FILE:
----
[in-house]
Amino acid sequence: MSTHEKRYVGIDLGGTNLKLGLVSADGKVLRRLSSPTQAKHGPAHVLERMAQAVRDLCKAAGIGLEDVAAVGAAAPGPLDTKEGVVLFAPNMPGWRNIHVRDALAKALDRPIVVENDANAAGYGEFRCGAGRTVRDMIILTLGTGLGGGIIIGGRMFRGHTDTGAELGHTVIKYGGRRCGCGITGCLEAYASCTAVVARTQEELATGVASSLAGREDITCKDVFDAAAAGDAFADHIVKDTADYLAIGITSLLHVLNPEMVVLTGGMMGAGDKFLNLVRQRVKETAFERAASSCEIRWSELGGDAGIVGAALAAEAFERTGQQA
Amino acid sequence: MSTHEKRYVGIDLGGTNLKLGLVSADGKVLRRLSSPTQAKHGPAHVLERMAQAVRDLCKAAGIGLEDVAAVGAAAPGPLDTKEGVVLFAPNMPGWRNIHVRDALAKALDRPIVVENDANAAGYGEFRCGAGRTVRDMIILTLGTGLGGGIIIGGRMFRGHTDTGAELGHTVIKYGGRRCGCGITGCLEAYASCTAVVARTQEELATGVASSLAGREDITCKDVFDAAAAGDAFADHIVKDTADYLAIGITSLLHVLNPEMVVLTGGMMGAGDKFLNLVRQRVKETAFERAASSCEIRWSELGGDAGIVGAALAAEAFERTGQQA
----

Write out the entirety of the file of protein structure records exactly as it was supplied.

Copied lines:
[in-house]
Amino acid sequence: MSTHEKRYVGIDLGGTNLKLGLVSADGKVLRRLSSPTQAKHGPAHVLERMAQAVRDLCKAAGIGLEDVAAVGAAAPGPLDTKEGVVLFAPNMPGWRNIHVRDALAKALDRPIVVENDANAAGYGEFRCGAGRTVRDMIILTLGTGLGGGIIIGGRMFRGHTDTGAELGHTVIKYGGRRCGCGITGCLEAYASCTAVVARTQEELATGVASSLAGREDITCKDVFDAAAAGDAFADHIVKDTADYLAIGITSLLHVLNPEMVVLTGGMMGAGDKFLNLVRQRVKETAFERAASSCEIRWSELGGDAGIVGAALAAEAFERTGQQA
Amino acid sequence: MSTHEKRYVGIDLGGTNLKLGLVSADGKVLRRLSSPTQAKHGPAHVLERMAQAVRDLCKAAGIGLEDVAAVGAAAPGPLDTKEGVVLFAPNMPGWRNIHVRDALAKALDRPIVVENDANAAGYGEFRCGAGRTVRDMIILTLGTGLGGGIIIGGRMFRGHTDTGAELGHTVIKYGGRRCGCGITGCLEAYASCTAVVARTQEELATGVASSLAGREDITCKDVFDAAAAGDAFADHIVKDTADYLAIGITSLLHVLNPEMVVLTGGMMGAGDKFLNLVRQRVKETAFERAASSCEIRWSELGGDAGIVGAALAAEAFERTGQQA